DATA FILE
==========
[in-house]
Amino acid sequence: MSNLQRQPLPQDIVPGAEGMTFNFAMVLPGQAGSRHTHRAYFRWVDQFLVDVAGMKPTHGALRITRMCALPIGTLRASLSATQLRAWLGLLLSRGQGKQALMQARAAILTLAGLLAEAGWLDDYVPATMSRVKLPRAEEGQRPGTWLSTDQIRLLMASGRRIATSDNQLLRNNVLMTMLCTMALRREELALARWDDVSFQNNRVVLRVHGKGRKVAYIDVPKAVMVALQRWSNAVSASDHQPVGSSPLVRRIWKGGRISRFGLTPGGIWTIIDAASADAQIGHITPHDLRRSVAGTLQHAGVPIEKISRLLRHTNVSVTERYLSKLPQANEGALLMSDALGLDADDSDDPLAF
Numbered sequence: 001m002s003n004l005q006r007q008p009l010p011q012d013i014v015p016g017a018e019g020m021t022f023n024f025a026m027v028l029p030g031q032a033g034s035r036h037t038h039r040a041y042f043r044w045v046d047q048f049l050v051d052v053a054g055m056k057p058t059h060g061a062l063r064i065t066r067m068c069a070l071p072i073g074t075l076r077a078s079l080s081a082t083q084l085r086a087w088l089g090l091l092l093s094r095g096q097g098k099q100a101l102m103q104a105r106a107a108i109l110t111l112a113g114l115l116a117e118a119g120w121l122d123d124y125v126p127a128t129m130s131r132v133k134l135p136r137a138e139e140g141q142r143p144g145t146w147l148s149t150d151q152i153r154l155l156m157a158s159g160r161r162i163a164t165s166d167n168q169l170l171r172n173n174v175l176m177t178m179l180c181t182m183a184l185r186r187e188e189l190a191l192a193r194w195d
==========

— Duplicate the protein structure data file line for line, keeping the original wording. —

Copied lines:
[in-house]
Amino acid sequence: MSNLQRQPLPQDIVPGAEGMTFNFAMVLPGQAGSRHTHRAYFRWVDQFLVDVAGMKPTHGALRITRMCALPIGTLRASLSATQLRAWLGLLLSRGQGKQALMQARAAILTLAGLLAEAGWLDDYVPATMSRVKLPRAEEGQRPGTWLSTDQIRLLMASGRRIATSDNQLLRNNVLMTMLCTMALRREELALARWDDVSFQNNRVVLRVHGKGRKVAYIDVPKAVMVALQRWSNAVSASDHQPVGSSPLVRRIWKGGRISRFGLTPGGIWTIIDAASADAQIGHITPHDLRRSVAGTLQHAGVPIEKISRLLRHTNVSVTERYLSKLPQANEGALLMSDALGLDADDSDDPLAF
Numbered sequence: 001m002s003n004l005q006r007q008p009l010p011q012d013i014v015p016g017a018e019g020m021t022f023n024f025a026m027v028l029p030g031q032a033g034s035r036h037t038h039r040a041y042f043r044w045v046d047q048f049l050v051d052v053a054g055m056k057p058t059h060g061a062l063r064i065t066r067m068c069a070l071p072i073g074t075l076r077a078s079l080s081a082t083q084l085r086a087w088l089g090l091l092l093s094r095g096q097g098k099q100a101l102m103q104a105r106a107a108i109l110t111l112a113g114l115l116a117e118a119g120w121l122d123d124y125v126p127a128t129m130s131r132v133k134l135p136r137a138e139e140g141q142r143p144g145t146w147l148s149t150d151q152i153r154l155l156m157a158s159g160r161r162i163a164t165s166d167n168q169l170l171r172n173n174v175l176m177t178m179l180c181t182m183a184l185r186r187e188e189l190a191l192a193r194w195d